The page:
"Ma" Director Talks about Casting BFF Octavia Spencer & How the Film's Not About Race



-Taylor and Spencer were roommates for seven years, and he claims to know her tastes and that she loves forensic shows

-Thought it was a great opportunity to "get my dear friend her first lead role in something that could really redefine her career [...] It was really out of love and admiration that I wanted her to be Ma...a fucked up teen killer"

-The character of Ma was originally conceived as a middle-aged white woman with no backstory

-Sees Ma more as "a cautionary tale of what happens when we treat people poorly -- from bullying to sexual harassment at the highest levels."

GQ: As a white male director, how did you think about putting yourself into a character like Sue Ann and portraying the elements of race that exist within the film? Because it's embedded in the film.

Tate: How do you think race is embedded in the film? Because I don't see it that way.

GQ: You have these white kids hanging out with a middle-aged black woman, andthat same woman had been bullied by what were predominantly white classmates. So maybe that's not the defining aspect, but it's there.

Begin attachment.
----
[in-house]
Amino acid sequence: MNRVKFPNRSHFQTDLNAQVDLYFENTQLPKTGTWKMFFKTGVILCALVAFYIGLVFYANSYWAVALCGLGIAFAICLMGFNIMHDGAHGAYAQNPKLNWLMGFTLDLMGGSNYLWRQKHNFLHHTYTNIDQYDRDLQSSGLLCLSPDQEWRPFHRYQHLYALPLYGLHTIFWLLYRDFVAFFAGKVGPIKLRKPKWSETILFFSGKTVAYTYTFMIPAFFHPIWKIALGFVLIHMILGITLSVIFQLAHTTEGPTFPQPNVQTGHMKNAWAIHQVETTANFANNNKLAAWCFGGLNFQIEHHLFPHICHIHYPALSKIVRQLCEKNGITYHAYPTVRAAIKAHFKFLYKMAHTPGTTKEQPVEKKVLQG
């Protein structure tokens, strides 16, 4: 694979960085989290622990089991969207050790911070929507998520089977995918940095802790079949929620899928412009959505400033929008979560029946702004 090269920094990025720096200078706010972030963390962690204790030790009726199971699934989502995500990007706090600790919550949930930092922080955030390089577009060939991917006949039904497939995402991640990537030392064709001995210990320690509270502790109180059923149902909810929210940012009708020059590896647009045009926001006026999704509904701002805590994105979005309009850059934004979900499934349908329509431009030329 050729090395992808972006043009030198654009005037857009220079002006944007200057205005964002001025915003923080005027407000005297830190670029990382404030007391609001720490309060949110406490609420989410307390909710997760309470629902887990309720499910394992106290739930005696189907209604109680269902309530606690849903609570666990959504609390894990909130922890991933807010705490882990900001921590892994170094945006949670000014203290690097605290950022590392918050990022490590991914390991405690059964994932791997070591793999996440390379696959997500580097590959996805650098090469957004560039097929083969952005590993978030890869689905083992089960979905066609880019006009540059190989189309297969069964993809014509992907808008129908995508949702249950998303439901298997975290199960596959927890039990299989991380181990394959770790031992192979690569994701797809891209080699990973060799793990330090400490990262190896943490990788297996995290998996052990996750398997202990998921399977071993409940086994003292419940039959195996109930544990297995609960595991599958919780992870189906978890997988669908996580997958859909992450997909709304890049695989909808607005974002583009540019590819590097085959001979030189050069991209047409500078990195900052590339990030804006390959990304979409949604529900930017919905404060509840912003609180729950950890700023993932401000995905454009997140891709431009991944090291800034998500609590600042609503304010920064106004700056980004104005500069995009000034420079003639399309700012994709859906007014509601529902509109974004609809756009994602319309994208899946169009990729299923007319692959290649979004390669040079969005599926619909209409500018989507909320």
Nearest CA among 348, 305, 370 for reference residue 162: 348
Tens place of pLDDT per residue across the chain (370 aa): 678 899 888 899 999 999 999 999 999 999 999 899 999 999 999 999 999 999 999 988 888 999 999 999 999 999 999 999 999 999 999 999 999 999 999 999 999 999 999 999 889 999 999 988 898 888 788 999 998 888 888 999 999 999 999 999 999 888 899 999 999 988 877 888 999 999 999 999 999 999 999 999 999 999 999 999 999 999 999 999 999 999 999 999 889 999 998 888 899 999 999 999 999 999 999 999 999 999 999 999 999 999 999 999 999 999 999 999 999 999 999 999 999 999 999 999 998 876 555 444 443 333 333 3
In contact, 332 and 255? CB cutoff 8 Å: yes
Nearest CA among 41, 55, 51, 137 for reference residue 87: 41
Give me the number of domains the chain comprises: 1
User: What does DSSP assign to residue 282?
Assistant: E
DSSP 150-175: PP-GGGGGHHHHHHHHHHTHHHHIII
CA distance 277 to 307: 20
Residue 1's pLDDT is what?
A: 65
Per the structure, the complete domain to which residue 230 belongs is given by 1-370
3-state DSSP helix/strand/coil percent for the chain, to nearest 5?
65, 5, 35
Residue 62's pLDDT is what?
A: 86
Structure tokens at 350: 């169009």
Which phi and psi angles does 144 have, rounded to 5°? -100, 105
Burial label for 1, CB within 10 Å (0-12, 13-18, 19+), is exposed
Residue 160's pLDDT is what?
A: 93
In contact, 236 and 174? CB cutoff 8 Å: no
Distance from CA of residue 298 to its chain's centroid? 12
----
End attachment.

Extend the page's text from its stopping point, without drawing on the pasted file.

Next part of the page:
Tate: Isn't it funny, the way our country is set up, the minute I give a very talented person who's my best friend a part because she wanted to break out, the movie becomes about race. It's crazy. Me and Octavia talked about it. She goes, "Why is everyone saying this is about race?" I said, "Because you're black and I'm white. And I guess friendships and love does not trump that." As far as Octavia goes, casting her in that role, it was a victim of trauma.

The only thing I think I commented on as far as race goes is Ma had a specific amount of torture assocaited with each of the kids, and when she painted Darrell's face white, it's Ma trying to put psychological torture on a black man. She says, "There's only room for one of us," and it's me saying, "Yeah, enough already with the one black character and they're never the lead."

-On his love for female characters: "I love female characters. I love characters with obstacles, and I love characters who are often subpar in society's mind. And unfortunately, women have a great deal more to deal with in the world than men do. They just do. They get out of bed, things are slanted against them. And I think being raised by a single mom and seeing how she nurtured me and took care of me, I've definitely got an affinity for female characters."

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